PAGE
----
The baling tractor compresses the silage into tight 400kg bales each, which are easily transportable on trucks. The machine can do 45 bales an hour or about 400 bales a day. “Since maize silage contains both the corns and the stalks, one needs a good machine capable of cracking the corn for easier digestion,” says Dejon.

The team sells 400kg of bale for Sh5,000 translating into less than Sh15 for a kilo of the silage, which is a better deal compared to Sh25 for a kilo of hay.

As long as the bales are not damaged, the packed silage can stay for two years, reckons Dejon.

“After fermentation, the silage is normally well-preserved so that no air comes in. When packed properly, it becomes easily transportable and marketable.

Jos Creemers, a senior dairy sector consultant at Pro-Dairy East Africa, explains that maize silage is nutritionally richer compared to others made from Boma Rhode grasses or Lucerne.

This is because when making maize silage, both the maize stalks and the corn are harvested together. The corn provides the starch required by the cows to produce milk while the stalks provide sugars, he pointed out.


With silage, Creemers notes, a farmer spends less on dairy meal as cows would consume less of it and produces milk at a less cost per litre.

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Feeding silage into the baling machine in the farm in Nakuru. The fermented silage is normally baled after six months when mature. PHOTO | LEOPOLD OBI | NMG

Harvesting maize or sorghum for making silage is ideal when their seeds are soft, but not milky when squeezed open. This is at about four months when their stalks are still green.

“When harvested at the right stage, you’ll have more starch than sugar which gives you the milk. With enough top-dressing, you’ll have proteins, but generally, protein is low in silage but you’ll still have enough which reduces your expenditure on dairy meal,” Creemers explains.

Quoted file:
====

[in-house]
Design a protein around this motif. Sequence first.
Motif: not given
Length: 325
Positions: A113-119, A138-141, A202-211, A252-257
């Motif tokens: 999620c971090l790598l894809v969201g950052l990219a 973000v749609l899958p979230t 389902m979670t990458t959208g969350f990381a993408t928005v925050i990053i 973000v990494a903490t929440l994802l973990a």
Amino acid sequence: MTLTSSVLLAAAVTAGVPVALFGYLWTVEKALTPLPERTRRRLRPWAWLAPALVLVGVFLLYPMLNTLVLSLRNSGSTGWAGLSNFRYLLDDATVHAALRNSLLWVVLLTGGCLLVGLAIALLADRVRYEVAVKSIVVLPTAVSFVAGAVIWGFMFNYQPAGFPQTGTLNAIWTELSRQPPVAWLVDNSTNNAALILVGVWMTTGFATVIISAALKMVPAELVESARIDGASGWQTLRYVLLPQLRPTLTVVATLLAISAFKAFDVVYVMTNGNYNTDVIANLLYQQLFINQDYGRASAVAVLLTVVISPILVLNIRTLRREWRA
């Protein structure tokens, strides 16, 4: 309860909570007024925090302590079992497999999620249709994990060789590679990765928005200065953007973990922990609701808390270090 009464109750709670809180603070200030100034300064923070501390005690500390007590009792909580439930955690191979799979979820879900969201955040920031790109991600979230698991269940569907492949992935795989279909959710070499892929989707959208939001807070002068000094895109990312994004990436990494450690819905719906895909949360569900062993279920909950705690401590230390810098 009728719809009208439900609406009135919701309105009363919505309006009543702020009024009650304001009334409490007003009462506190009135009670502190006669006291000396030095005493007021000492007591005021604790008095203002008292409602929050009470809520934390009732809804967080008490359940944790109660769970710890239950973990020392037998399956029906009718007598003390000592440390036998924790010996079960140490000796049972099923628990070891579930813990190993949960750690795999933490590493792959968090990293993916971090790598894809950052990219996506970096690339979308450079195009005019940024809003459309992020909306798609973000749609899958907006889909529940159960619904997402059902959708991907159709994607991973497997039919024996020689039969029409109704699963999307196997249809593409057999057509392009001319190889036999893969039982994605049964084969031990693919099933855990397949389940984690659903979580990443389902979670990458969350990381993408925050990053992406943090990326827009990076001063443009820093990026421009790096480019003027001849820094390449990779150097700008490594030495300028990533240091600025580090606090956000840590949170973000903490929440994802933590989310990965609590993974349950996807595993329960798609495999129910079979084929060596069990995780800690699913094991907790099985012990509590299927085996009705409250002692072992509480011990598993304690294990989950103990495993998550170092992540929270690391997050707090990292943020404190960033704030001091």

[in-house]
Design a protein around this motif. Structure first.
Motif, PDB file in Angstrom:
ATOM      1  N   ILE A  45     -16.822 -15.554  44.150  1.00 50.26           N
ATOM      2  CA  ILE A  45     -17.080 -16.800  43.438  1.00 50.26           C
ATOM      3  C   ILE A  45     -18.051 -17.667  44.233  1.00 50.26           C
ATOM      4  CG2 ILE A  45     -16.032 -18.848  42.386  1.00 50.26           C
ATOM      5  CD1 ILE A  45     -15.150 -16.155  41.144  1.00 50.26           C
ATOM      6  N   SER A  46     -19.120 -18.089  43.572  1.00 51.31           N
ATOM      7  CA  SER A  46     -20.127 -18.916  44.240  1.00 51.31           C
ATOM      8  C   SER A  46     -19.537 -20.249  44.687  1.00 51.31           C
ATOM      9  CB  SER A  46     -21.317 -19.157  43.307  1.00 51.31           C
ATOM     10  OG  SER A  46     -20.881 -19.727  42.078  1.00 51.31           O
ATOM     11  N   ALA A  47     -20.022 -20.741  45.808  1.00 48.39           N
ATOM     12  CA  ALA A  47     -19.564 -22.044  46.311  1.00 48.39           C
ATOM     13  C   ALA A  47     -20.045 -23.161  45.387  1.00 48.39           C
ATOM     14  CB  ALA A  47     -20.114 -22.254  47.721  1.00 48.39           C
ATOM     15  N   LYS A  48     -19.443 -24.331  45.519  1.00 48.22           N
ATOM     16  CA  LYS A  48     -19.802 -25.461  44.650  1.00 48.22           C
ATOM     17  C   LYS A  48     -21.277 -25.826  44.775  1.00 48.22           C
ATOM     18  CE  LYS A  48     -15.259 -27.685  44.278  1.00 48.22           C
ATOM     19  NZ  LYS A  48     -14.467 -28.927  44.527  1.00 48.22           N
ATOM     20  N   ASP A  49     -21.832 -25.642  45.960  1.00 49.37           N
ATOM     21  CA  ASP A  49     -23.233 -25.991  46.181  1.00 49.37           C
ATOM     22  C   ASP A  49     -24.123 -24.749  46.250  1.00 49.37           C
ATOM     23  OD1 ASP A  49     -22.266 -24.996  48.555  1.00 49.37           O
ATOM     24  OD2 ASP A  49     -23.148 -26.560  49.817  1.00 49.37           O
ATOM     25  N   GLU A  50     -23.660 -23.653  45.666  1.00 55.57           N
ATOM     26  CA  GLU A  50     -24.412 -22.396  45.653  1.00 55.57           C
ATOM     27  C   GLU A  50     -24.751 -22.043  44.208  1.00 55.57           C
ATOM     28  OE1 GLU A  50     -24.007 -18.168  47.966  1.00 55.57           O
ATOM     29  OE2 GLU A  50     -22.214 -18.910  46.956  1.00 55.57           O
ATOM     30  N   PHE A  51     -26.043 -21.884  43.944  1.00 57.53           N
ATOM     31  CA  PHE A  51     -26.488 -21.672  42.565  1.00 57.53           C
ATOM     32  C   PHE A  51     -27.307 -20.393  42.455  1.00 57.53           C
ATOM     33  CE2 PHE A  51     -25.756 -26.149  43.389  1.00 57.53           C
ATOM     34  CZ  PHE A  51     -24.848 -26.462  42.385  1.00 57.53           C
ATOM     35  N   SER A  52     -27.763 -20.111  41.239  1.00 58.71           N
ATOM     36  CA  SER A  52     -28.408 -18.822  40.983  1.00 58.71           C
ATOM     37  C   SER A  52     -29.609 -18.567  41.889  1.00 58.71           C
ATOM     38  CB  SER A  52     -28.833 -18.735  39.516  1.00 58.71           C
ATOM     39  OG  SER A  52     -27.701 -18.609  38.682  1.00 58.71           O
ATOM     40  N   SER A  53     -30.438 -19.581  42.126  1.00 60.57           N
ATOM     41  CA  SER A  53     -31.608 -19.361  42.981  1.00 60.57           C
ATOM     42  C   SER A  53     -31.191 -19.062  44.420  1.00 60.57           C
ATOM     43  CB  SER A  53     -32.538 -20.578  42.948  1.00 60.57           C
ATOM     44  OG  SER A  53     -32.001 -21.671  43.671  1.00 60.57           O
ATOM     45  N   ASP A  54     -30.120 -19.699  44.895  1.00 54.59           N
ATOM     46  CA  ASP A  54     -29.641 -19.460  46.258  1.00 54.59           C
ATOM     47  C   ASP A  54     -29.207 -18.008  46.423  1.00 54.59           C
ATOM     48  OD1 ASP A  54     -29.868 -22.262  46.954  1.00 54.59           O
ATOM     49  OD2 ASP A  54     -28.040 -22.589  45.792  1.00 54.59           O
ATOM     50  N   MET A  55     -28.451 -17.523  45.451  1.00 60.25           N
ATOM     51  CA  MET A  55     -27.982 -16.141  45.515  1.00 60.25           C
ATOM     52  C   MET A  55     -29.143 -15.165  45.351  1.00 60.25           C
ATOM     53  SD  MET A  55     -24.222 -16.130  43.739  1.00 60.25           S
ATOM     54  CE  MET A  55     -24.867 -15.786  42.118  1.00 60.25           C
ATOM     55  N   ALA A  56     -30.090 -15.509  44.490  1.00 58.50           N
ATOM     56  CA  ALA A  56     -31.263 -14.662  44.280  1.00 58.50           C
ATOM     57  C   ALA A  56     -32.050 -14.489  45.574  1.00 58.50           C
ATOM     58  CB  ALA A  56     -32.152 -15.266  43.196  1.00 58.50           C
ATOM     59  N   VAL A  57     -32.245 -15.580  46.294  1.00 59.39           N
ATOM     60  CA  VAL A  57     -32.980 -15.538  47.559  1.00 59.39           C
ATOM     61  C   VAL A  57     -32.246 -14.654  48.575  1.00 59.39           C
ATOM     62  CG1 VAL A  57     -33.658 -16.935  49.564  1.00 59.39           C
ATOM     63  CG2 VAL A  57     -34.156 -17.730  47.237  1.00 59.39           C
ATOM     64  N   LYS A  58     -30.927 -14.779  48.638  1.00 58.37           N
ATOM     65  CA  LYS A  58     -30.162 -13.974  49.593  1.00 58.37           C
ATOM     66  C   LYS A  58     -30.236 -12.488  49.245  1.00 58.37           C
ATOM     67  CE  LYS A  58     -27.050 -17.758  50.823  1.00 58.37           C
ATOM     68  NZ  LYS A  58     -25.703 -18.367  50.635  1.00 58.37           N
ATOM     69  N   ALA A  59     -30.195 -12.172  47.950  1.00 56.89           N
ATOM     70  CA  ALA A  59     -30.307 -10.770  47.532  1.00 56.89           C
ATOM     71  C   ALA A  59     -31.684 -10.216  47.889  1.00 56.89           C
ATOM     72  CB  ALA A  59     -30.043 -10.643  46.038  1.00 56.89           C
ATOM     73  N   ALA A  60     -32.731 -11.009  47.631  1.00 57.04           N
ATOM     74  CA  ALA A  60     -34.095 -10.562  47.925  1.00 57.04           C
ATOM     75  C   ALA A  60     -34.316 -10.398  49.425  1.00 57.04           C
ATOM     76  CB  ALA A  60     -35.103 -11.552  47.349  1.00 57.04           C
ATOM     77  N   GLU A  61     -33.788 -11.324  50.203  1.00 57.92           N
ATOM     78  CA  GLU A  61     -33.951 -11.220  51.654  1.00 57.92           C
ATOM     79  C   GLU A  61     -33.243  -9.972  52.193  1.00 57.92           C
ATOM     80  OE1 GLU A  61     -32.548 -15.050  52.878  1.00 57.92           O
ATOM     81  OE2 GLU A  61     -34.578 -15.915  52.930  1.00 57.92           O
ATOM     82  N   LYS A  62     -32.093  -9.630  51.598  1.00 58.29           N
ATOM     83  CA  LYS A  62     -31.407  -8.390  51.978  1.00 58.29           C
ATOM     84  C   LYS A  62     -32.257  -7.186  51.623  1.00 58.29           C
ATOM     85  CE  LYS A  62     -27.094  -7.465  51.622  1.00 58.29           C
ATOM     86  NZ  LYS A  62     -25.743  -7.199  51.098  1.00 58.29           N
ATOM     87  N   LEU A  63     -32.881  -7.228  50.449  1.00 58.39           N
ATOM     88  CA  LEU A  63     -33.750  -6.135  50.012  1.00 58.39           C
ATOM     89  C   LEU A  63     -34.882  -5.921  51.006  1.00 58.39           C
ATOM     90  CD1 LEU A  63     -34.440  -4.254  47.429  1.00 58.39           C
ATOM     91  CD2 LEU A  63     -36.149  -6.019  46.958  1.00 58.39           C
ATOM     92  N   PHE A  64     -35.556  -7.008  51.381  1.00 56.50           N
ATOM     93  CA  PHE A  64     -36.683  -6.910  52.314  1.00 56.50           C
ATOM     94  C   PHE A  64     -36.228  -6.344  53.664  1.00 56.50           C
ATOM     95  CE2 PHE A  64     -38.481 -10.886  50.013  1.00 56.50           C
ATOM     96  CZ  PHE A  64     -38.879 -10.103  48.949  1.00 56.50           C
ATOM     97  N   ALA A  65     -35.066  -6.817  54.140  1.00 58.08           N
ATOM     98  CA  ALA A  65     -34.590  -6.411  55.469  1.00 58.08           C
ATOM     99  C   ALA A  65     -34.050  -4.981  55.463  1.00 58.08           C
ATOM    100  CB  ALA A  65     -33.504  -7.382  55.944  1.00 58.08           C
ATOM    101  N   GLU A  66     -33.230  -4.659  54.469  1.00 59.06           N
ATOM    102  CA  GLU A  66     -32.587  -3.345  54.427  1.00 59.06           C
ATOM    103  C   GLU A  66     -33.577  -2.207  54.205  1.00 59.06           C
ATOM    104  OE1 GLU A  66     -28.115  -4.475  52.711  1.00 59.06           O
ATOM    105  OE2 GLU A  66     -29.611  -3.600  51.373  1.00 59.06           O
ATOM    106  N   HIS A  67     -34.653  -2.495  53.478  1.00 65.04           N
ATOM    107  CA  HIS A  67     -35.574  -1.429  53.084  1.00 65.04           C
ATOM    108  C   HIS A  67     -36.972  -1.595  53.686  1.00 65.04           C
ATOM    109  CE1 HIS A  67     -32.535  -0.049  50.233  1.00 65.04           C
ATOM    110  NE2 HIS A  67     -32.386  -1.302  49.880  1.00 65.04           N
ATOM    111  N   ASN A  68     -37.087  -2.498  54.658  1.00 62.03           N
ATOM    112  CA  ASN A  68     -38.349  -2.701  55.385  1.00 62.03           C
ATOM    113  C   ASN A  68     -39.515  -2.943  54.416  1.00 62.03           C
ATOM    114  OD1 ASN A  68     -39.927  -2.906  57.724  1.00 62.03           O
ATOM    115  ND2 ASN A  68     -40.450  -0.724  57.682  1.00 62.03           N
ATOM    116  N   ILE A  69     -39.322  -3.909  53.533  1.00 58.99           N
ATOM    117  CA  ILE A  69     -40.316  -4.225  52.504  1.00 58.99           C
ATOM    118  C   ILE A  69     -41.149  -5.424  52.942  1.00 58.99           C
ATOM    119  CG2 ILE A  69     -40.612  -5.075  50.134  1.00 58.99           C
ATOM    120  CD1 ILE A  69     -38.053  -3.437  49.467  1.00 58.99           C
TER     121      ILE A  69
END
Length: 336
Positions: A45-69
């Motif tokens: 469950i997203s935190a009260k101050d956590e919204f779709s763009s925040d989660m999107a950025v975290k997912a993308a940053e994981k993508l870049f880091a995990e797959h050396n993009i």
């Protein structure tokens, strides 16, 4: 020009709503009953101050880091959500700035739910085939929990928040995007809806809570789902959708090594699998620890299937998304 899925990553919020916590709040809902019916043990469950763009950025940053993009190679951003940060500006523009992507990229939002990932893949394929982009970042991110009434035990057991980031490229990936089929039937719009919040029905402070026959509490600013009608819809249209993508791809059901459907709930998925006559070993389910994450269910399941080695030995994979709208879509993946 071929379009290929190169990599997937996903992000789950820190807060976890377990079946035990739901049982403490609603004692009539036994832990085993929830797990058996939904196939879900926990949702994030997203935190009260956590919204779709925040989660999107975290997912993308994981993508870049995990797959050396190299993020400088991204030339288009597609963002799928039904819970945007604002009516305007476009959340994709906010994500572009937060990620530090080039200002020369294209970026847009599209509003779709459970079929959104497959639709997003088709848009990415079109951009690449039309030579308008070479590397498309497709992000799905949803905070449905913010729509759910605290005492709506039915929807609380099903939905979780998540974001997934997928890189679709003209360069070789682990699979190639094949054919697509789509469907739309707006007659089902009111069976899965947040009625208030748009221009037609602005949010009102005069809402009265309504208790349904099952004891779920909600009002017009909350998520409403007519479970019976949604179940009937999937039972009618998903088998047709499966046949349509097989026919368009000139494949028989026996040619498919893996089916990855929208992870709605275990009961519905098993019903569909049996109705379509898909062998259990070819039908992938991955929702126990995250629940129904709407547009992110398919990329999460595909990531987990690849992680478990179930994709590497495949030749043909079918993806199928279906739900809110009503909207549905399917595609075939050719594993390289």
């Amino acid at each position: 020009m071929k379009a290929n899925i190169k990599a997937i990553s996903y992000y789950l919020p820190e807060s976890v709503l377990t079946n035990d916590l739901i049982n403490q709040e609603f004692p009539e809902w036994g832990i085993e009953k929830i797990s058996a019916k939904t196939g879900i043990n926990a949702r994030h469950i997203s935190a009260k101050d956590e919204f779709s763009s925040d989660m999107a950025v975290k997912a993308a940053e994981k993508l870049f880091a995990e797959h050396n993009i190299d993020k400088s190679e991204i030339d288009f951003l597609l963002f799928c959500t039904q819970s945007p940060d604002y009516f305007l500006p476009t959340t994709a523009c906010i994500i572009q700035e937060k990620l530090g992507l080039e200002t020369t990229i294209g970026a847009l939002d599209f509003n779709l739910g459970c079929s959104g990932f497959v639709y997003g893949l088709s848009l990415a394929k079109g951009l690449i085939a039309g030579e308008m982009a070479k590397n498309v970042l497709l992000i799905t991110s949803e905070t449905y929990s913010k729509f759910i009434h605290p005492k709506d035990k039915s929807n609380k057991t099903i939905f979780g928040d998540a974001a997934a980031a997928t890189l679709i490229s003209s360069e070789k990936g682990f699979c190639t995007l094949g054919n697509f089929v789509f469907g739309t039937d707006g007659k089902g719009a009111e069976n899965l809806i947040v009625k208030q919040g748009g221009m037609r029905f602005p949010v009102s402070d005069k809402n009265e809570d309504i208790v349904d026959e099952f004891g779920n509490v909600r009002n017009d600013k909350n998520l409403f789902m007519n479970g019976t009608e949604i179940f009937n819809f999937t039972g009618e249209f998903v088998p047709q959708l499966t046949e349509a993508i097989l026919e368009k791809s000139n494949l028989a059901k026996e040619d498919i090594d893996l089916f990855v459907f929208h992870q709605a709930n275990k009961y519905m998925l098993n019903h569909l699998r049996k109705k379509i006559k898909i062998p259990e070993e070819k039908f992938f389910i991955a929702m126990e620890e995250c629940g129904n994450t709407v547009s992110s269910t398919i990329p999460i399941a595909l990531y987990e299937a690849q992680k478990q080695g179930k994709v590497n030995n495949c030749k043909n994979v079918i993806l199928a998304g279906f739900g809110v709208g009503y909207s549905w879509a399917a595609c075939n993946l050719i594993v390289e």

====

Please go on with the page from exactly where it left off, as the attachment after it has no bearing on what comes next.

Philomena Serem whose Plateau Dairy Farm in Ainabkoi, near Eldoret hosts 61 dairy cows, says growing maize for silage is far profitable compared to for human consumption.

“Dry maize prices are quite low and are often fluctuating which makes maize for silage farming better,” says the farmer whose, 30 lactating cows produce 560 litres daily.

According to Creemers, to grow best maize for silage, a farmer needs to top-dress the maize with CAN fertiliser. Top-dressing gives the plants proper nutrient content.

“The maize is harvested when the corns are dry enough. Maize cobs give starch value to the feed while the wet stem is needed for water and sugars which aids fermentation,” he points out.

Opinya says crops such as maize, sorghum, oats and pearl millet are suitable for ensiling because they contain fermentable carbohydrates (sugar) necessary for bacteria to produce sufficient organic acid that acts as a preservative.

“Though leguminous fodder like lucerne can also be used, they are rich in proteins and low in sugars making them a bit difficult to ensile,” explains Opinya.

Cosmas Muchina, a Monitoring and Evaluation officer at the Netherlands Development Agency (SNV) says that the agency is working with dairy farmers to provide solutions to reduce the cost of milk production at the farm level.

“We hope to see that farmers are able to take up silage as a more quality forage and as a means to lower cost of producing milk,” he points out.


Milk pricing

  • Laban Tanui, the chairman of Eldoret Dairy Farmers Association, notes that the biggest challenge in the dairy industry is low milk prices because processors buy milk at cheaper prices of less than Sh30.
  • Association is encouraging members to do value addition on their farms. The association is helping farmers get affordable feeds from Uganda.
  • When you source feeds as a group you are able get large quantities at a reasonable price, says Tanui, whose farm pasteurises milk before selling at Sh70 a litre.